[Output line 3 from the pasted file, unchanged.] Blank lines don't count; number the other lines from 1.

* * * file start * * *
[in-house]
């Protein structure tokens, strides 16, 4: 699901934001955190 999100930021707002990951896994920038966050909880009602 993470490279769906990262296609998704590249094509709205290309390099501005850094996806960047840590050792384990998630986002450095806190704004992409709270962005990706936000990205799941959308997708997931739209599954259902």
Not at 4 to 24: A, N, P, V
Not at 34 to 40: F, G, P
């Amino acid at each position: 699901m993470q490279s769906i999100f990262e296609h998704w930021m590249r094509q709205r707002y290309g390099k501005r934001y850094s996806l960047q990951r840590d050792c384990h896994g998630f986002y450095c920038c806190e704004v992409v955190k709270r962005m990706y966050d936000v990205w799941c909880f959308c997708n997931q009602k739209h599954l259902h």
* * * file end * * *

Not at 4 to 24: A, N, P, V